Zimbabwe News

Zim struggle to produce elite athletes

The Herald

Ellina Mhlanga-Senior Sports Reporter 

IT’S just a month before the Tokyo 2020 Olympic Games gets underway, but Zimbabwe’s chances of even a fairytale medal, look very remote.

Three of the five athletes, likely to make up Team Zimbabwe sprinter Ngoni Makusha and swimmers Donata Katai and Peter Wetzlar had their names submitted to take up universality slots.

The National Athletics Association of Zimbabwe were offered a slot to the Games by the World Athletics.

The Zimbabwe Aquatic Union got two slots, one female and one male, from FINA. 

Makusha is expected to compete in 100m.

With a personal best of 10,17s in the event, he will be there to make up the numbers, rather than fight for a medal.

South Africa’s Gift Leotlela qualified to the Olympics, with a time of 9,94sec, and his fellow countryman Akani Simbine clocked 9,99sec.

Ghana’s Benjamin Azamati clocked 9,97sec and Kenya’s Ferdinand Omanyala Omurwa clocked 10,02sec. 

For swimming, if they get the final confirmation, Wetzlar is set to compete in 100m freestyle and his personal best time is 50,50sec. 

Katai will be up for 100m backstroke with a best time of 1.04.63.

The qualifying time for men’s 100m freestyle is 48,57sec for the A Standard and the B Standard time is 50,03sec. 

For 100m backstroke women’s A Standard time is 1.00.25 and 1.02.06 for the B Standard. 

Zimbabwe Swimming chair, Tracey Doorman, says based on their swimmers’ personal best, the expectation will be for them to improve their times.

“For any athlete, a personal best is their first expectation and to do their best, following all their preparation,” said Doorman.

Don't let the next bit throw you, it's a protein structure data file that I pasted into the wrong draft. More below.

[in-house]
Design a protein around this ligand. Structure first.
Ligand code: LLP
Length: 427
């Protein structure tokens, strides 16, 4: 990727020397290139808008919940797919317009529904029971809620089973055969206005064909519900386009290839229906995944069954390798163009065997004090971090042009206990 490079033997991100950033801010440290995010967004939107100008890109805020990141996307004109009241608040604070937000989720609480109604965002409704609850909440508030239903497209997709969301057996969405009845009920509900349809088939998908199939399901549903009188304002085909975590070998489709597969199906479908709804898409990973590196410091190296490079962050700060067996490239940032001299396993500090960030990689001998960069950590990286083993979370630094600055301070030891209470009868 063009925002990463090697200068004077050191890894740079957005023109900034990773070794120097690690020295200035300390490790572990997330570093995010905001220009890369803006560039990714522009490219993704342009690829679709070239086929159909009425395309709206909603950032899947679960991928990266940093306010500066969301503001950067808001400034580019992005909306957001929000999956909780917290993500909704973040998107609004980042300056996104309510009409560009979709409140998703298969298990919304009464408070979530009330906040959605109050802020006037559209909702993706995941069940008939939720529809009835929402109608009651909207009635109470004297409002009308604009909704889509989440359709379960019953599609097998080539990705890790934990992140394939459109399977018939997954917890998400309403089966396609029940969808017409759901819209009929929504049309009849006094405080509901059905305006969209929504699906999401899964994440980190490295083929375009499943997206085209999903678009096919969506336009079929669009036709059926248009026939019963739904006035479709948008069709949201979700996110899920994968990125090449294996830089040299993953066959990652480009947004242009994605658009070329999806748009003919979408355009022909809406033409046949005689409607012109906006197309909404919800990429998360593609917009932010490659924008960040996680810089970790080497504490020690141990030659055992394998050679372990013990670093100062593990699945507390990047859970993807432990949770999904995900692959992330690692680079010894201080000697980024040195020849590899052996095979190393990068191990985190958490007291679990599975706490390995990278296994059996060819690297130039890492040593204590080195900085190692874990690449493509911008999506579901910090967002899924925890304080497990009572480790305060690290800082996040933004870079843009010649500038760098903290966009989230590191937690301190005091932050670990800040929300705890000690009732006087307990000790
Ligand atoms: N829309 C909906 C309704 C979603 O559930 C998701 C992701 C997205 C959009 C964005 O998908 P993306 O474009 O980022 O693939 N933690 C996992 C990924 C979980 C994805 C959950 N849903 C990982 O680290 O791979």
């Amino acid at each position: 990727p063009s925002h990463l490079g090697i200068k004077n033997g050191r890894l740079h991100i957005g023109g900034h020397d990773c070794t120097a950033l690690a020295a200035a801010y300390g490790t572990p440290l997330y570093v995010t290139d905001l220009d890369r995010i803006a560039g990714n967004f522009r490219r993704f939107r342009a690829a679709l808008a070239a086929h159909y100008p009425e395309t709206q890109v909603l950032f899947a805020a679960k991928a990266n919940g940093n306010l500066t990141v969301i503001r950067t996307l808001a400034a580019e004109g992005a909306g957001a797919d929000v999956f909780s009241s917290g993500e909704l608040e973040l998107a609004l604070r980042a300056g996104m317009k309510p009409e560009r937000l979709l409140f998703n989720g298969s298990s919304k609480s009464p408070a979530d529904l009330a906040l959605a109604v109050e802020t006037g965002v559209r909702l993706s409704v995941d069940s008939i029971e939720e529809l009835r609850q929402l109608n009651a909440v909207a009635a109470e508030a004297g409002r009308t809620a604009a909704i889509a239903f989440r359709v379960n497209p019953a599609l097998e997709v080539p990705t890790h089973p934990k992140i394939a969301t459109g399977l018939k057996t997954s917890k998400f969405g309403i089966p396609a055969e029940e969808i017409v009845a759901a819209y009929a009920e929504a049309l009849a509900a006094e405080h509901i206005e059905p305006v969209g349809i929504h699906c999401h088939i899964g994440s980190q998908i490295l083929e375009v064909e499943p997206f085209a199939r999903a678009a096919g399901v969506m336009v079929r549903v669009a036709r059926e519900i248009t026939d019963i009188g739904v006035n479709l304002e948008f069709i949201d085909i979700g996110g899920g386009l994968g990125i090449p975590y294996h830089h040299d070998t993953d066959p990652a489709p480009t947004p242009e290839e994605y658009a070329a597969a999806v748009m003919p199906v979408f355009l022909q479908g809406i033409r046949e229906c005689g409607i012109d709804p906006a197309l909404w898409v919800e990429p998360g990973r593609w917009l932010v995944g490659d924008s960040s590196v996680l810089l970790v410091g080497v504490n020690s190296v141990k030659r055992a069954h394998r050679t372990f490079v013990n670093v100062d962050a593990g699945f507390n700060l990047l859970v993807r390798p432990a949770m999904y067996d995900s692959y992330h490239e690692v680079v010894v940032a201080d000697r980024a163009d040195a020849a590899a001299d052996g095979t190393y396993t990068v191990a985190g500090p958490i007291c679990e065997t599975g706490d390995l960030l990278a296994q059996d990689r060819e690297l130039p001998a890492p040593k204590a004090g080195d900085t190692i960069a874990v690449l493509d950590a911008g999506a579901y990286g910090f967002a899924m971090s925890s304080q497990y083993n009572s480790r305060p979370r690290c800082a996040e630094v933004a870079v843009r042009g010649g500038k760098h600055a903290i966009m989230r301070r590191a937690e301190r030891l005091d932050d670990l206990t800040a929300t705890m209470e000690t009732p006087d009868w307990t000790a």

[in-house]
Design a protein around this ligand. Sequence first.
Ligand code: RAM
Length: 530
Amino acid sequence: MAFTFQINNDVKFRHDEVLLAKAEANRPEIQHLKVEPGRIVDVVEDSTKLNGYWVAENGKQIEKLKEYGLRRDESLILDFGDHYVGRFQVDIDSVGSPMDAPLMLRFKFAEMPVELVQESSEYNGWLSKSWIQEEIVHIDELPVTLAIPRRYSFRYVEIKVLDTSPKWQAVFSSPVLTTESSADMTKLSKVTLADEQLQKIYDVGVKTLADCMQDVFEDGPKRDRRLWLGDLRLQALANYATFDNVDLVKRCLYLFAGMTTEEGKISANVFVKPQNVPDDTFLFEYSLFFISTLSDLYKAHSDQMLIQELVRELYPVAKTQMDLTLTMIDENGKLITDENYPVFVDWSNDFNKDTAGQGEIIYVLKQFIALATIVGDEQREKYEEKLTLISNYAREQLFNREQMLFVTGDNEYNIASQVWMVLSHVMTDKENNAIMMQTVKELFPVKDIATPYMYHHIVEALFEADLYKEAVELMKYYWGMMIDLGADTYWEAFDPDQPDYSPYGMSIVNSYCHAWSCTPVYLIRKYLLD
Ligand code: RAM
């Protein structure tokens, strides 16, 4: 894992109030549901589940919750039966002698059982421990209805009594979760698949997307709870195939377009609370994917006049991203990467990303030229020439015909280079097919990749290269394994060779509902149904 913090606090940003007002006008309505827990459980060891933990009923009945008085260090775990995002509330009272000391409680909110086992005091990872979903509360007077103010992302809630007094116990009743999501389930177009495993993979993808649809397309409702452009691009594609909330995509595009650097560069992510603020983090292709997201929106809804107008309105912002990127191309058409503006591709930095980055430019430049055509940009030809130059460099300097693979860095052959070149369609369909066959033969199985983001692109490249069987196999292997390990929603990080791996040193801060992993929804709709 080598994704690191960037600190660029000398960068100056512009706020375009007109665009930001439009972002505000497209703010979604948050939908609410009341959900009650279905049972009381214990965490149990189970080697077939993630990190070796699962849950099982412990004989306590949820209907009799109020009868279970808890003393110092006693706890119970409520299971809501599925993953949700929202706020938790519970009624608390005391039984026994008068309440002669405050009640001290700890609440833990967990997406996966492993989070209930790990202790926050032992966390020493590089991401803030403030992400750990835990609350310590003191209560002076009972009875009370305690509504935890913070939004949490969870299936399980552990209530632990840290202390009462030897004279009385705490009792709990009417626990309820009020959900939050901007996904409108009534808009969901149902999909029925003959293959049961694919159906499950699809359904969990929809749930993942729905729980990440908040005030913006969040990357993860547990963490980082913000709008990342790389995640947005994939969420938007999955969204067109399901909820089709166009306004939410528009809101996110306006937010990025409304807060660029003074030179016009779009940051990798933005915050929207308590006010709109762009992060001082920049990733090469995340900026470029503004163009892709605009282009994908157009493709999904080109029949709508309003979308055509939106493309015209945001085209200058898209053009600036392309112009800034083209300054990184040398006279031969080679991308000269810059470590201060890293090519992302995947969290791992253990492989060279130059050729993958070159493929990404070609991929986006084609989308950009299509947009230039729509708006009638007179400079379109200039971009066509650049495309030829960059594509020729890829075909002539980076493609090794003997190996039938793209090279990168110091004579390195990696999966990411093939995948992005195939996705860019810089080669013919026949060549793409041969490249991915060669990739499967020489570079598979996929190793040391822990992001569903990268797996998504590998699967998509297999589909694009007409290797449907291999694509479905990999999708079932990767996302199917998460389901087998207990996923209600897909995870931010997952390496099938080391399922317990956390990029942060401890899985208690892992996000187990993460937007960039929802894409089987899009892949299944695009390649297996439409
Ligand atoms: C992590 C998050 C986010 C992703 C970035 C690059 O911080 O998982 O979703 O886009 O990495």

“We have to wait until July 1 when we will be advised by FINA on whether we have been given the place. 

The athletes, obviously, are continuing their preparations.” 

Sports administrator, Robert Mutsauki, pointed out the need for the country to push, not just for qualification, but to try and win something, at the Olympic Games. 

“The primary objective should be to send competitive athletes (and not just qualifiers) to represent the country at the Games,’’ he said.

“And, clearly, athletes who are struggling to qualify cannot be described as competitive.

“We need to be selecting Team Zimbabwe from a pool of world-class athletes.

“This will ensure, not just easy qualification, but also competitiveness during the Games with our athletes, once again, getting to semi-finals, finals and also winning medals.”

The Zimbabwe Olympic Committee chief executive, Stephen Mudawarima, admitted it has been an uphill task to qualify.

Swimming icon, Kirsty Coventry is the only Zimbabwean to win individual medals at the Olympics. 

She won a combined seven medals at the 2004, and 2008 Games.

The other medal, a gold, was won by the women’s field hockey team in 1980.

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